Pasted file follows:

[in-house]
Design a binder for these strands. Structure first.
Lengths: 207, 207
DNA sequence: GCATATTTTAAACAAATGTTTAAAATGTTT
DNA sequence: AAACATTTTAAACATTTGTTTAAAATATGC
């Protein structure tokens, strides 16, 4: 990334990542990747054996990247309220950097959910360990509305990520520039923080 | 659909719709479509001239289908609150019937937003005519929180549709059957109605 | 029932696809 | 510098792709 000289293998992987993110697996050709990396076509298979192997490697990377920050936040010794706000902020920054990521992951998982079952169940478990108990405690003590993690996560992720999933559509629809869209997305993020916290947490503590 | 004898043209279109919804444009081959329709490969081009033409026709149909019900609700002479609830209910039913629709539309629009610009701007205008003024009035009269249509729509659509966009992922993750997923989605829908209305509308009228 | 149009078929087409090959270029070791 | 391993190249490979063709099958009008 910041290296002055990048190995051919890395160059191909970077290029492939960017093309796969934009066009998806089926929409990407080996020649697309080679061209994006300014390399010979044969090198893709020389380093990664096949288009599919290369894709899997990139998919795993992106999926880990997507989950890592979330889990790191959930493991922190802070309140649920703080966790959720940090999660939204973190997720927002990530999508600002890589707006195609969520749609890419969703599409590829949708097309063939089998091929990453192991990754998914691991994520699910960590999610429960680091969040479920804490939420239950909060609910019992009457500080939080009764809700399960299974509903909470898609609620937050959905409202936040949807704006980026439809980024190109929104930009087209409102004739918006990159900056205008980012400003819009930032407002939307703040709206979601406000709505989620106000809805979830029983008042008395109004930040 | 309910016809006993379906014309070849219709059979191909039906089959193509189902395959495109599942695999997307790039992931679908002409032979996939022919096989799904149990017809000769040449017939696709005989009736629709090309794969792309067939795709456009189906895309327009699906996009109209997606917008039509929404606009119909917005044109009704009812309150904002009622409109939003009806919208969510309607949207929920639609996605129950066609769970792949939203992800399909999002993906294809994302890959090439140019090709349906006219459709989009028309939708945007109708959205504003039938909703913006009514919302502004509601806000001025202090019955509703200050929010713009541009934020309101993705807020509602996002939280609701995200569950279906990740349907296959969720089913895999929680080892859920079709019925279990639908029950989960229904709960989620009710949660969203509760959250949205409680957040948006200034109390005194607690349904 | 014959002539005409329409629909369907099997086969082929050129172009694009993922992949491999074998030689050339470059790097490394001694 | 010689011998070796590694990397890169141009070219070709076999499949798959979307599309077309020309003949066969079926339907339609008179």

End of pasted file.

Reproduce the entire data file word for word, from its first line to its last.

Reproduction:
[in-house]
Design a binder for these strands. Structure first.
Lengths: 207, 207
DNA sequence: GCATATTTTAAACAAATGTTTAAAATGTTT
DNA sequence: AAACATTTTAAACATTTGTTTAAAATATGC
């Protein structure tokens, strides 16, 4: 990334990542990747054996990247309220950097959910360990509305990520520039923080 | 659909719709479509001239289908609150019937937003005519929180549709059957109605 | 029932696809 | 510098792709 000289293998992987993110697996050709990396076509298979192997490697990377920050936040010794706000902020920054990521992951998982079952169940478990108990405690003590993690996560992720999933559509629809869209997305993020916290947490503590 | 004898043209279109919804444009081959329709490969081009033409026709149909019900609700002479609830209910039913629709539309629009610009701007205008003024009035009269249509729509659509966009992922993750997923989605829908209305509308009228 | 149009078929087409090959270029070791 | 391993190249490979063709099958009008 910041290296002055990048190995051919890395160059191909970077290029492939960017093309796969934009066009998806089926929409990407080996020649697309080679061209994006300014390399010979044969090198893709020389380093990664096949288009599919290369894709899997990139998919795993992106999926880990997507989950890592979330889990790191959930493991922190802070309140649920703080966790959720940090999660939204973190997720927002990530999508600002890589707006195609969520749609890419969703599409590829949708097309063939089998091929990453192991990754998914691991994520699910960590999610429960680091969040479920804490939420239950909060609910019992009457500080939080009764809700399960299974509903909470898609609620937050959905409202936040949807704006980026439809980024190109929104930009087209409102004739918006990159900056205008980012400003819009930032407002939307703040709206979601406000709505989620106000809805979830029983008042008395109004930040 | 309910016809006993379906014309070849219709059979191909039906089959193509189902395959495109599942695999997307790039992931679908002409032979996939022919096989799904149990017809000769040449017939696709005989009736629709090309794969792309067939795709456009189906895309327009699906996009109209997606917008039509929404606009119909917005044109009704009812309150904002009622409109939003009806919208969510309607949207929920639609996605129950066609769970792949939203992800399909999002993906294809994302890959090439140019090709349906006219459709989009028309939708945007109708959205504003039938909703913006009514919302502004509601806000001025202090019955509703200050929010713009541009934020309101993705807020509602996002939280609701995200569950279906990740349907296959969720089913895999929680080892859920079709019925279990639908029950989960229904709960989620009710949660969203509760959250949205409680957040948006200034109390005194607690349904 | 014959002539005409329409629909369907099997086969082929050129172009694009993922992949491999074998030689050339470059790097490394001694 | 010689011998070796590694990397890169141009070219070709076999499949798959979307599309077309020309003949066969079926339907339609008179």